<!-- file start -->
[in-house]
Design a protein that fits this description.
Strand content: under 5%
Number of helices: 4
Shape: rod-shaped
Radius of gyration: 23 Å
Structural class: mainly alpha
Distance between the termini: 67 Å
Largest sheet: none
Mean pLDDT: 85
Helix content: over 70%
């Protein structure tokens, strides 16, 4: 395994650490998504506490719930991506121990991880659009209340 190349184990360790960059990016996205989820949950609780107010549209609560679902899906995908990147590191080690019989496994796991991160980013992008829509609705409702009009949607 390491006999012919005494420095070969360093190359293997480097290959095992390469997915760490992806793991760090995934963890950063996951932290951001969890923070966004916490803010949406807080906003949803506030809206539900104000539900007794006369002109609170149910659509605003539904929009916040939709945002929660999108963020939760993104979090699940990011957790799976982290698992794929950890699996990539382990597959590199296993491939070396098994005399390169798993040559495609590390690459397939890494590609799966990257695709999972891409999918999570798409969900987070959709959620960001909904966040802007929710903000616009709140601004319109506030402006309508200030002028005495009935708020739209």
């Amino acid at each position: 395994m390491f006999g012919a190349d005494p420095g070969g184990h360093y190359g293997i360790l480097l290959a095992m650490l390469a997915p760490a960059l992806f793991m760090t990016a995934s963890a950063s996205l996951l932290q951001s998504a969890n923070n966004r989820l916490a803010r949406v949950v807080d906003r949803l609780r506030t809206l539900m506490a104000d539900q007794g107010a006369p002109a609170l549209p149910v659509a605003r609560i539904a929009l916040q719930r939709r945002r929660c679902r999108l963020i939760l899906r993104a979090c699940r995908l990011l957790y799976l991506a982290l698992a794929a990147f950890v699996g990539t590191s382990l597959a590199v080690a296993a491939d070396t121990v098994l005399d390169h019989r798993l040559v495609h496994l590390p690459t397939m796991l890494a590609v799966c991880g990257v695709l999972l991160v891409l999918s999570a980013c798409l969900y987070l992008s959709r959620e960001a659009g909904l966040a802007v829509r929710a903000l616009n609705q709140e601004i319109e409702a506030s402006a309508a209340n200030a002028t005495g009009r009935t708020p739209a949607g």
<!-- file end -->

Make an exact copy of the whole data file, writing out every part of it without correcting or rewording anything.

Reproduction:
[in-house]
Design a protein that fits this description.
Strand content: under 5%
Number of helices: 4
Shape: rod-shaped
Radius of gyration: 23 Å
Structural class: mainly alpha
Distance between the termini: 67 Å
Largest sheet: none
Mean pLDDT: 85
Helix content: over 70%
């Protein structure tokens, strides 16, 4: 395994650490998504506490719930991506121990991880659009209340 190349184990360790960059990016996205989820949950609780107010549209609560679902899906995908990147590191080690019989496994796991991160980013992008829509609705409702009009949607 390491006999012919005494420095070969360093190359293997480097290959095992390469997915760490992806793991760090995934963890950063996951932290951001969890923070966004916490803010949406807080906003949803506030809206539900104000539900007794006369002109609170149910659509605003539904929009916040939709945002929660999108963020939760993104979090699940990011957790799976982290698992794929950890699996990539382990597959590199296993491939070396098994005399390169798993040559495609590390690459397939890494590609799966990257695709999972891409999918999570798409969900987070959709959620960001909904966040802007929710903000616009709140601004319109506030402006309508200030002028005495009935708020739209």
């Amino acid at each position: 395994m390491f006999g012919a190349d005494p420095g070969g184990h360093y190359g293997i360790l480097l290959a095992m650490l390469a997915p760490a960059l992806f793991m760090t990016a995934s963890a950063s996205l996951l932290q951001s998504a969890n923070n966004r989820l916490a803010r949406v949950v807080d906003r949803l609780r506030t809206l539900m506490a104000d539900q007794g107010a006369p002109a609170l549209p149910v659509a605003r609560i539904a929009l916040q719930r939709r945002r929660c679902r999108l963020i939760l899906r993104a979090c699940r995908l990011l957790y799976l991506a982290l698992a794929a990147f950890v699996g990539t590191s382990l597959a590199v080690a296993a491939d070396t121990v098994l005399d390169h019989r798993l040559v495609h496994l590390p690459t397939m796991l890494a590609v799966c991880g990257v695709l999972l991160v891409l999918s999570a980013c798409l969900y987070l992008s959709r959620e960001a659009g909904l966040a802007v829509r929710a903000l616009n609705q709140e601004i319109e409702a506030s402006a309508a209340n200030a002028t005495g009009r009935t708020p739209a949607g």